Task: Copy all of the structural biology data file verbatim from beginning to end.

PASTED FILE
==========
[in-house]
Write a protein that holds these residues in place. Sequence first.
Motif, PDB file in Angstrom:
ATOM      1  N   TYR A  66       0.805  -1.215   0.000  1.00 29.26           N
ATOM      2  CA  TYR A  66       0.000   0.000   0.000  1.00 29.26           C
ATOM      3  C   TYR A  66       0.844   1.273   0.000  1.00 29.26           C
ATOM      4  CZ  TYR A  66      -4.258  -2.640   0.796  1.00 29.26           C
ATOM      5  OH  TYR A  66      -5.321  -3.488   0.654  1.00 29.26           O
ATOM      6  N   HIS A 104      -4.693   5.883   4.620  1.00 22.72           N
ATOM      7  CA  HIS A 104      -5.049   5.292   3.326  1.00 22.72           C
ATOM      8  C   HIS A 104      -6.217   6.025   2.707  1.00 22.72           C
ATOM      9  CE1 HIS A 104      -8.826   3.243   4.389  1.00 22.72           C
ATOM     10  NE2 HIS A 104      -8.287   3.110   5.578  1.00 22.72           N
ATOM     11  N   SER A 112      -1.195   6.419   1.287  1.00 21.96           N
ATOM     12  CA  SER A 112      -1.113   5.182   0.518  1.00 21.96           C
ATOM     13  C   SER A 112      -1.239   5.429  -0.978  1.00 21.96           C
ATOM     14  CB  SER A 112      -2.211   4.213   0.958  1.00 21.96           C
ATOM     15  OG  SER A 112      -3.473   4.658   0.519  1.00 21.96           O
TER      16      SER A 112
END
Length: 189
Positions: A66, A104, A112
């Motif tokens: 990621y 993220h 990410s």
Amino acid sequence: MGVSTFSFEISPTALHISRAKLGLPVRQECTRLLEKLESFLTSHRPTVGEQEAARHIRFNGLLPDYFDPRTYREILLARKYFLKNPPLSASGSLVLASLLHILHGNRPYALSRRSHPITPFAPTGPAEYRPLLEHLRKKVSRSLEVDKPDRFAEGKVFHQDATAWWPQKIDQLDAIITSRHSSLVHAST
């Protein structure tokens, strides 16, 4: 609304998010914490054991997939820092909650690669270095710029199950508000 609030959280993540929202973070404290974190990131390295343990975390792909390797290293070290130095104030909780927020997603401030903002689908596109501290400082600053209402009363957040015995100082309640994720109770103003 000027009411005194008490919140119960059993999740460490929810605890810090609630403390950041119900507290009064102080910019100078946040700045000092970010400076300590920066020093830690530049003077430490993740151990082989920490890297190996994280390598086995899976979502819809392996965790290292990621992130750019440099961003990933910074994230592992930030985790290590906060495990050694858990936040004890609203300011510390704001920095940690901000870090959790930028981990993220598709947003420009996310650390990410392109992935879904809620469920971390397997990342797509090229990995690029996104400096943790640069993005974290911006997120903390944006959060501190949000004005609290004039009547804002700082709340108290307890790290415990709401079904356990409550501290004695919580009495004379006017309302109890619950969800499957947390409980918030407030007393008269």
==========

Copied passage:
[in-house]
Write a protein that holds these residues in place. Sequence first.
Motif, PDB file in Angstrom:
ATOM      1  N   TYR A  66       0.805  -1.215   0.000  1.00 29.26           N
ATOM      2  CA  TYR A  66       0.000   0.000   0.000  1.00 29.26           C
ATOM      3  C   TYR A  66       0.844   1.273   0.000  1.00 29.26           C
ATOM      4  CZ  TYR A  66      -4.258  -2.640   0.796  1.00 29.26           C
ATOM      5  OH  TYR A  66      -5.321  -3.488   0.654  1.00 29.26           O
ATOM      6  N   HIS A 104      -4.693   5.883   4.620  1.00 22.72           N
ATOM      7  CA  HIS A 104      -5.049   5.292   3.326  1.00 22.72           C
ATOM      8  C   HIS A 104      -6.217   6.025   2.707  1.00 22.72           C
ATOM      9  CE1 HIS A 104      -8.826   3.243   4.389  1.00 22.72           C
ATOM     10  NE2 HIS A 104      -8.287   3.110   5.578  1.00 22.72           N
ATOM     11  N   SER A 112      -1.195   6.419   1.287  1.00 21.96           N
ATOM     12  CA  SER A 112      -1.113   5.182   0.518  1.00 21.96           C
ATOM     13  C   SER A 112      -1.239   5.429  -0.978  1.00 21.96           C
ATOM     14  CB  SER A 112      -2.211   4.213   0.958  1.00 21.96           C
ATOM     15  OG  SER A 112      -3.473   4.658   0.519  1.00 21.96           O
TER      16      SER A 112
END
Length: 189
Positions: A66, A104, A112
């Motif tokens: 990621y 993220h 990410s």
Amino acid sequence: MGVSTFSFEISPTALHISRAKLGLPVRQECTRLLEKLESFLTSHRPTVGEQEAARHIRFNGLLPDYFDPRTYREILLARKYFLKNPPLSASGSLVLASLLHILHGNRPYALSRRSHPITPFAPTGPAEYRPLLEHLRKKVSRSLEVDKPDRFAEGKVFHQDATAWWPQKIDQLDAIITSRHSSLVHAST
């Protein structure tokens, strides 16, 4: 609304998010914490054991997939820092909650690669270095710029199950508000 609030959280993540929202973070404290974190990131390295343990975390792909390797290293070290130095104030909780927020997603401030903002689908596109501290400082600053209402009363957040015995100082309640994720109770103003 000027009411005194008490919140119960059993999740460490929810605890810090609630403390950041119900507290009064102080910019100078946040700045000092970010400076300590920066020093830690530049003077430490993740151990082989920490890297190996994280390598086995899976979502819809392996965790290292990621992130750019440099961003990933910074994230592992930030985790290590906060495990050694858990936040004890609203300011510390704001920095940690901000870090959790930028981990993220598709947003420009996310650390990410392109992935879904809620469920971390397997990342797509090229990995690029996104400096943790640069993005974290911006997120903390944006959060501190949000004005609290004039009547804002700082709340108290307890790290415990709401079904356990409550501290004695919580009495004379006017309302109890619950969800499957947390409980918030407030007393008269």